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Healing Minds

Posted by on Friday, September 22, 2017 in Features, Summer 2017 .

Illustration by James Fryer


Schizophrenia not only affects the person struggling with hallucinations, delusions and disorganized thoughts. It wreaks havoc through the entire family.

Charlotte Test, of Dallas, Texas, knows that all too well. Test and her late husband Donald Test Jr., who died in 2016, have a very personal connection to the devastating effects of schizophrenia. Donald Test’s late sons, William and Henry, were diagnosed with schizophrenia as teenagers at a time when there wasn’t much societal awareness of the disease.

“We wanted to help other families who are going through this, to save others the agony and hurt this disease causes. This is a terrible mental illness that affects the lives of the whole family and can tear apart a family—not only can, but does,” Charlotte Test said.

They became connected to Vanderbilt through Dallas psychiatrist Jack Martin, M.D., a 1953 graduate of Vanderbilt University School of Medicine who cared for William and Henry. Since 1999, the Tests have made multiple gifts to the Department of Psychiatry and Behavioral Sciences at VUMC to support research into and treatment of schizophrenia and related disorders. This year a gift from Mrs. Test supported the Department of Psychiatry’s First Episode Psychosis Initiative. “Our gifts support a program with a compassion to help not only the person who is ill, but the family trying to cope as they go along,” she said. (See sidebar on page 35 about the Tests’ gifts.)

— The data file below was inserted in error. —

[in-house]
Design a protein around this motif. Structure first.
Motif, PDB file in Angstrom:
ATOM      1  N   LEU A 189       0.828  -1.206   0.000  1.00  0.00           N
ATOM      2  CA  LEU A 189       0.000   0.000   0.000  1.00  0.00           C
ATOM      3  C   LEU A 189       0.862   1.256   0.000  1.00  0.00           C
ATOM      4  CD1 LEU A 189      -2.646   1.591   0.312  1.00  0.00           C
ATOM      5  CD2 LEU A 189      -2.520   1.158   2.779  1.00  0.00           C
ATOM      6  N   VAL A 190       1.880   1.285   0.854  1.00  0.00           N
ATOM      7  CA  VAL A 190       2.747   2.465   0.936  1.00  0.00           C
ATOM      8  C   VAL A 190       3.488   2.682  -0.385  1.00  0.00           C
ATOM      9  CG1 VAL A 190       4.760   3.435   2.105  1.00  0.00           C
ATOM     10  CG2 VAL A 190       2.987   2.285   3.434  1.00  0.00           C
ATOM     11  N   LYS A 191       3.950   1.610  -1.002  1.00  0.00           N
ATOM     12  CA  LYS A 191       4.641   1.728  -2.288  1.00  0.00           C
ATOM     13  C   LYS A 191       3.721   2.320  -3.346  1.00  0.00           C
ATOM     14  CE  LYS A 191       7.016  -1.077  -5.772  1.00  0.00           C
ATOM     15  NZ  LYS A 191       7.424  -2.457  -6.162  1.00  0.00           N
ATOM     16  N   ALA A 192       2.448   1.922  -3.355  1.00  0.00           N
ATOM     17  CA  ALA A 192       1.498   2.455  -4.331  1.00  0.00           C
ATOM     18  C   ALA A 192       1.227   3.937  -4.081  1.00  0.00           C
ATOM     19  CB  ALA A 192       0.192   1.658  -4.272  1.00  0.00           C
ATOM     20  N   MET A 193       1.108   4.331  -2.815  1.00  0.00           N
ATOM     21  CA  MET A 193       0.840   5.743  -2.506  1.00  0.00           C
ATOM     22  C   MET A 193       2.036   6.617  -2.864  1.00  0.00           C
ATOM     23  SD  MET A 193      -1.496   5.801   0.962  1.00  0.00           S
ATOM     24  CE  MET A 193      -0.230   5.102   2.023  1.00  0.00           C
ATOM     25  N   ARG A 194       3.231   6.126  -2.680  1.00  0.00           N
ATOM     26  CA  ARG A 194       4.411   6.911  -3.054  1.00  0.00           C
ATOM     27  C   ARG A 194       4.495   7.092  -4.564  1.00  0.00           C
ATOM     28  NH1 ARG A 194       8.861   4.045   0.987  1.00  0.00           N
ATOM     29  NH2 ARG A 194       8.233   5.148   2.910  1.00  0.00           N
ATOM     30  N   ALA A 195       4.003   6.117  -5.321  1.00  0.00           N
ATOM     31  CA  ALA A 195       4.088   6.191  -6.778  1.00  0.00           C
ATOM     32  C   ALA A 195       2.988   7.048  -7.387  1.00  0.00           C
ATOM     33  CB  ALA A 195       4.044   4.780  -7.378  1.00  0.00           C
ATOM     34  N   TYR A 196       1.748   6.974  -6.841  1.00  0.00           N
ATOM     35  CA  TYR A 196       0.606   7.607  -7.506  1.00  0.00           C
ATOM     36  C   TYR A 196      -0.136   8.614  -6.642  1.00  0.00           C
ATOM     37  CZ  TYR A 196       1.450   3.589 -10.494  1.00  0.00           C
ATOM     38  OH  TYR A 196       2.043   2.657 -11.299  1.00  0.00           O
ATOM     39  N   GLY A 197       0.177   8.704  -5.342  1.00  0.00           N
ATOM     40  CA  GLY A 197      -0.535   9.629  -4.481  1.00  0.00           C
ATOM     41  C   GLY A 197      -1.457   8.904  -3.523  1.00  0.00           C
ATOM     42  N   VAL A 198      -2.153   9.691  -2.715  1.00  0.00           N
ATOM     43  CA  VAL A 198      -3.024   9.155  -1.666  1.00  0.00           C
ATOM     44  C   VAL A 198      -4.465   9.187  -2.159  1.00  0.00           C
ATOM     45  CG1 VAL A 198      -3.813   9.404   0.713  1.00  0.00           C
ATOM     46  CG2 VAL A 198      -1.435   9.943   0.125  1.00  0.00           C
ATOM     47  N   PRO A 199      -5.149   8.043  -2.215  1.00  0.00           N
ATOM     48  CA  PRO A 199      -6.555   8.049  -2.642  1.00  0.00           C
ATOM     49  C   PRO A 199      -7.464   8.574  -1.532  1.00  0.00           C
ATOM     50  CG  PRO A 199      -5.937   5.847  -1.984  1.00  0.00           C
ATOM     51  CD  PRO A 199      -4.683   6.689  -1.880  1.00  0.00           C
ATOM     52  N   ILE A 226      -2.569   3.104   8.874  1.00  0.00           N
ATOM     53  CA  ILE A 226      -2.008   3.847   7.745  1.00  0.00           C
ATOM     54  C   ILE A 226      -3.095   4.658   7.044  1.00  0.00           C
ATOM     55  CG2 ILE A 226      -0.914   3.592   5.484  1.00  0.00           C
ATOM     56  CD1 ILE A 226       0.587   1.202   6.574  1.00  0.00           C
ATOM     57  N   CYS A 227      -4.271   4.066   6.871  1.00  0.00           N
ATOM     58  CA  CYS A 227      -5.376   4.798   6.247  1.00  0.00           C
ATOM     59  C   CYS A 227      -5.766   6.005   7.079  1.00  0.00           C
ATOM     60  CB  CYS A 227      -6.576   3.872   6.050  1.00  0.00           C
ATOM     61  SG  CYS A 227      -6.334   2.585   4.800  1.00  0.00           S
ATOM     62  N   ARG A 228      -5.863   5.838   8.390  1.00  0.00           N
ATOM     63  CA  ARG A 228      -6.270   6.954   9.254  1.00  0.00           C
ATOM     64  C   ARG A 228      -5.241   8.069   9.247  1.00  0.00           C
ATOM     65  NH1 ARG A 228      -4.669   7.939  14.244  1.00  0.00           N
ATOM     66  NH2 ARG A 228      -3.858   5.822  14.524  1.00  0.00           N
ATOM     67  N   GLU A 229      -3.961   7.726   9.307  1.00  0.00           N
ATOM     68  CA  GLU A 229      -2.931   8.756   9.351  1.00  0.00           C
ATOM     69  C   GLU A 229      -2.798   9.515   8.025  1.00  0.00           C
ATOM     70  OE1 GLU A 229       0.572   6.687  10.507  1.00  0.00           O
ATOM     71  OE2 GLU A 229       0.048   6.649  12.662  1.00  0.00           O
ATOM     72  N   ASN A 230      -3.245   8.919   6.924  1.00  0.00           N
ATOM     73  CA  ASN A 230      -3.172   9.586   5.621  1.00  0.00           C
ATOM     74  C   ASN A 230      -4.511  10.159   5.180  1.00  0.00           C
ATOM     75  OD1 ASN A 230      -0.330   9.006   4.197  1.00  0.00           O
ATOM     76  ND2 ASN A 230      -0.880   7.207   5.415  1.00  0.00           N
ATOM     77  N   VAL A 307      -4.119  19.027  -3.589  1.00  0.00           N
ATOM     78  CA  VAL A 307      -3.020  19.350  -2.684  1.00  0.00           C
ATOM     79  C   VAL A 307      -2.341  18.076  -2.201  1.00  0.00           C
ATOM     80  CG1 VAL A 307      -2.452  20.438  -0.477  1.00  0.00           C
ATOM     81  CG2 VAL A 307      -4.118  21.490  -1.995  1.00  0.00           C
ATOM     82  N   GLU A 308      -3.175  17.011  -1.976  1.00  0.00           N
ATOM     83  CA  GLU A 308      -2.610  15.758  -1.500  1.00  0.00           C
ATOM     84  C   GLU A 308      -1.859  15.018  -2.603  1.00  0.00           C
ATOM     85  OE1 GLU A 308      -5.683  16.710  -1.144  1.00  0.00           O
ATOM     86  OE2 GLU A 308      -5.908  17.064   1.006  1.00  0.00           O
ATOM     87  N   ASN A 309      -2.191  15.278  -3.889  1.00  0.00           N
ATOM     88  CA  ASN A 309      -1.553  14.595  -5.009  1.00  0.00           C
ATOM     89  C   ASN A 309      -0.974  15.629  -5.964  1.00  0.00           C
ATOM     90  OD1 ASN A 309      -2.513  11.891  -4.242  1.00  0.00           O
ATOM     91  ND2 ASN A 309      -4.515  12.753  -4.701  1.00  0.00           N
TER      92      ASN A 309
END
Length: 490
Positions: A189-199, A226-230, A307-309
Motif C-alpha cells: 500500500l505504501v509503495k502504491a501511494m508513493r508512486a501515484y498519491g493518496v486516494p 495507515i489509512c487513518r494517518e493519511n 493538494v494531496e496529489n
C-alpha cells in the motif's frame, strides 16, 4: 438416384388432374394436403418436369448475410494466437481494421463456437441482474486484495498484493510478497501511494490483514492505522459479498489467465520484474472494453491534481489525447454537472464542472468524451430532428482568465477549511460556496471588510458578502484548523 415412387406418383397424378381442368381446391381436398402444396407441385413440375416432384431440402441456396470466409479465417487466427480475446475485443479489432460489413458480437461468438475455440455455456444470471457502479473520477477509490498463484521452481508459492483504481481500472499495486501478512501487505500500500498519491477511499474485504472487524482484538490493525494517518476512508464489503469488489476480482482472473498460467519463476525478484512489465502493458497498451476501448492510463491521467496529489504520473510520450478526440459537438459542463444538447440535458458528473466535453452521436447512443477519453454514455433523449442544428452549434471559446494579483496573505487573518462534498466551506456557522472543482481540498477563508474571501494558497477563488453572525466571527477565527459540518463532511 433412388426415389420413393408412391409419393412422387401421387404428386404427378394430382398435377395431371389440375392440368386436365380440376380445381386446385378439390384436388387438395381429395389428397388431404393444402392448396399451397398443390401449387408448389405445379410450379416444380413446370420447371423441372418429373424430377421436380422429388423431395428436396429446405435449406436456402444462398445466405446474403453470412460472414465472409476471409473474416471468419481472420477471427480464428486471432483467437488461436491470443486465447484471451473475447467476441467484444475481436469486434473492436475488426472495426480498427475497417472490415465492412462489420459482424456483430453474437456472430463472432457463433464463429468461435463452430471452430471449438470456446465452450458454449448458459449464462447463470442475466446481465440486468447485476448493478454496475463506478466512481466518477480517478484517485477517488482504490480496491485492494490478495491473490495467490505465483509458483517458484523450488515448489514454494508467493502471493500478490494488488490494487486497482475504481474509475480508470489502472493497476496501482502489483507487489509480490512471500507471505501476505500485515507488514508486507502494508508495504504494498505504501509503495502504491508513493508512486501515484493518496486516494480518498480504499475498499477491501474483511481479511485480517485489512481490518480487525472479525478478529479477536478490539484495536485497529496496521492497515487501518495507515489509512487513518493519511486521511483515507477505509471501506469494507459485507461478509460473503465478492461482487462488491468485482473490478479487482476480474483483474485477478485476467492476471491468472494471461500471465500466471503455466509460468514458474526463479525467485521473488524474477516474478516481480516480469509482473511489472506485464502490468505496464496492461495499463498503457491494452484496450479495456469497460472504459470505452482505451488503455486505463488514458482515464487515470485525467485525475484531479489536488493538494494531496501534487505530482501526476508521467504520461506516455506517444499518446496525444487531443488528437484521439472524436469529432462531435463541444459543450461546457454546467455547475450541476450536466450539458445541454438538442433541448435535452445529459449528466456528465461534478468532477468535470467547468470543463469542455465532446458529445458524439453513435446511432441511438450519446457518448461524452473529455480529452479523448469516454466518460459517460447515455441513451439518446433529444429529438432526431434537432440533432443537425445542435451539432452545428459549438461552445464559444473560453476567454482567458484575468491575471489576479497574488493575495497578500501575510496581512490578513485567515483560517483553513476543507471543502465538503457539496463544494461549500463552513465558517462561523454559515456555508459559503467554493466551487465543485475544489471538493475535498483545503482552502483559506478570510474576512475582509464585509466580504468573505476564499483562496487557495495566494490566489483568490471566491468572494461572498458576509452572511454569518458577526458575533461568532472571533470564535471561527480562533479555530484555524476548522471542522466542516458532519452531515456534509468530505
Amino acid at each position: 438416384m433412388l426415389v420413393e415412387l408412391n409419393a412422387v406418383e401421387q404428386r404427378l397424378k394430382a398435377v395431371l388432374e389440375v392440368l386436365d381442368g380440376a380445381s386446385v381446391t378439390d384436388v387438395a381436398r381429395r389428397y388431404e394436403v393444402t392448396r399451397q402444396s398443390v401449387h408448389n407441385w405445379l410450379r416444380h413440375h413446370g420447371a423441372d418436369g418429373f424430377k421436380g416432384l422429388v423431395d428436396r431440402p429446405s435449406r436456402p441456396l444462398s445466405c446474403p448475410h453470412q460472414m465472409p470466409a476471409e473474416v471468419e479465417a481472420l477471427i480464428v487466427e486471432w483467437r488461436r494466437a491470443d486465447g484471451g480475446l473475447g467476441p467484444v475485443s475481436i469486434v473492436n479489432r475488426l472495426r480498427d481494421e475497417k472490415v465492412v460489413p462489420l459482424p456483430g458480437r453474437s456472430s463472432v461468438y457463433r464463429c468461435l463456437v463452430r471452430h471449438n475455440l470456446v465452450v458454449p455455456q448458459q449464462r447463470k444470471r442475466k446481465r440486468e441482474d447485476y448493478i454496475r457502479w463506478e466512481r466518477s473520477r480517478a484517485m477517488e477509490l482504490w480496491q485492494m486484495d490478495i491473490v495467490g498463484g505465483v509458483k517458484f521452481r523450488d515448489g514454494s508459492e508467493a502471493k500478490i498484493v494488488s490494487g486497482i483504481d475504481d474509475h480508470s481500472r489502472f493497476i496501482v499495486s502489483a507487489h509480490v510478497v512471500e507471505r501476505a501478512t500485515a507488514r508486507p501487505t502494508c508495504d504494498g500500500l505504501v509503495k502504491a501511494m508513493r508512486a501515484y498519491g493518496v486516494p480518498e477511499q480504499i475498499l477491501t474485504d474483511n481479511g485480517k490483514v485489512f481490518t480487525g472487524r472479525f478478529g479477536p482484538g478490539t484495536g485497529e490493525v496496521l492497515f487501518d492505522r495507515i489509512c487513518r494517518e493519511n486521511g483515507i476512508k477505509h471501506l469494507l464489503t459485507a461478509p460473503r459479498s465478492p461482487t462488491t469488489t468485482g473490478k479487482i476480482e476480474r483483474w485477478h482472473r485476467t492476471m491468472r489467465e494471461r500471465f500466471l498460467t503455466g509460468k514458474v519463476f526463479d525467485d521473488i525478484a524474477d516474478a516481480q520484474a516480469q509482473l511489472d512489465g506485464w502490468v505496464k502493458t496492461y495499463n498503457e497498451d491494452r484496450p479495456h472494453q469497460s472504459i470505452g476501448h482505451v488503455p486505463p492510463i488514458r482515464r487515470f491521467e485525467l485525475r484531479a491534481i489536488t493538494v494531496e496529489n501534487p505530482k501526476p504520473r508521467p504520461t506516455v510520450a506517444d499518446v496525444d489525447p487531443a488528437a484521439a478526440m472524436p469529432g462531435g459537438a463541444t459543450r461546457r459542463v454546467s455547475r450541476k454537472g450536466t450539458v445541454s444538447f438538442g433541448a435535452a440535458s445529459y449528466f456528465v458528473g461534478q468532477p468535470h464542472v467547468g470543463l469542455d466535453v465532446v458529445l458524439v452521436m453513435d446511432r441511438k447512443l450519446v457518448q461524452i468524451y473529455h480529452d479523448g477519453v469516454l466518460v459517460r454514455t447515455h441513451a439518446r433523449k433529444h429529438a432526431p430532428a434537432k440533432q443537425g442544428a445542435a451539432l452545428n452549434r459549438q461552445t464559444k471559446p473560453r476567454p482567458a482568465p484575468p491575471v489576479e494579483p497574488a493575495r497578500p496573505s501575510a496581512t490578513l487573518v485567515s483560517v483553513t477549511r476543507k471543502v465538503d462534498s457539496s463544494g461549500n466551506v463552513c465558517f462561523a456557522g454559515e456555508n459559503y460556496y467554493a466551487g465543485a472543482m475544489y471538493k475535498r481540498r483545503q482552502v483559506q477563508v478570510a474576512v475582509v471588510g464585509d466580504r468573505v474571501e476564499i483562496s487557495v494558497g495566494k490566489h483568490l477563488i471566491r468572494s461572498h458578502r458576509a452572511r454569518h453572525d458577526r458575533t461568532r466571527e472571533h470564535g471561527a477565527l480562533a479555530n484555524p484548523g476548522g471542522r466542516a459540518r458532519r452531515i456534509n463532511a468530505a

Donald and Charlotte Test

“Vanderbilt is uniquely positioned to care for patients during their first episode of psychosis,” said Stephan Heckers, M.D., the William P. and Henry B. Test Professor of Schizophrenia Research and chair of the Department of Psychiatry and Behavioral Sciences. Every year about 700 patients seek treatment for psychosis at Vanderbilt Psychiatric Hospital. Of those, about 100 are first-episode patients.

Patients with psychotic disorders often experience symptoms of psychosis for about two years before the disorder is diagnosed, and Heckers said it’s often difficult for families to know what’s going on. “The person in the early stage of psychosis might struggle in school, withdraw from friends or become irritable. Grades might go down. But then it gets worse. The person hears voices or behaves strangely, symptoms that are so unusual that a parent or friend will realize something isn’t right. And that’s normally when we see them,” he said.

“Our hope is that we can get people diagnosed early. The earlier we can diagnose and treat, the better the outcome,” he said.

The majority of patients with schizophrenia and other psychotic disorders need a combination of psychotherapy and medication management. But first-episode patients need to be treated in a different manner than someone in the chronic stages, Heckers said.

At Vanderbilt Psychiatric Hospital patients can be taken care of in the inpatient unit, the outpatient partial program (morning until 2 p.m.) and the outpatient clinic. “You need all three components to help the person who experiences a first psychotic break. We offer three environments to deliver the level of care that’s required,” he said.

Schizophrenia affects about 1 percent of the population, and another 2 percent have similar psychotic illnesses. The disease often leads to difficulties including holding a job or caring for oneself. However, when patients with schizophrenia respond to treatment, they can lead rewarding and meaningful lives.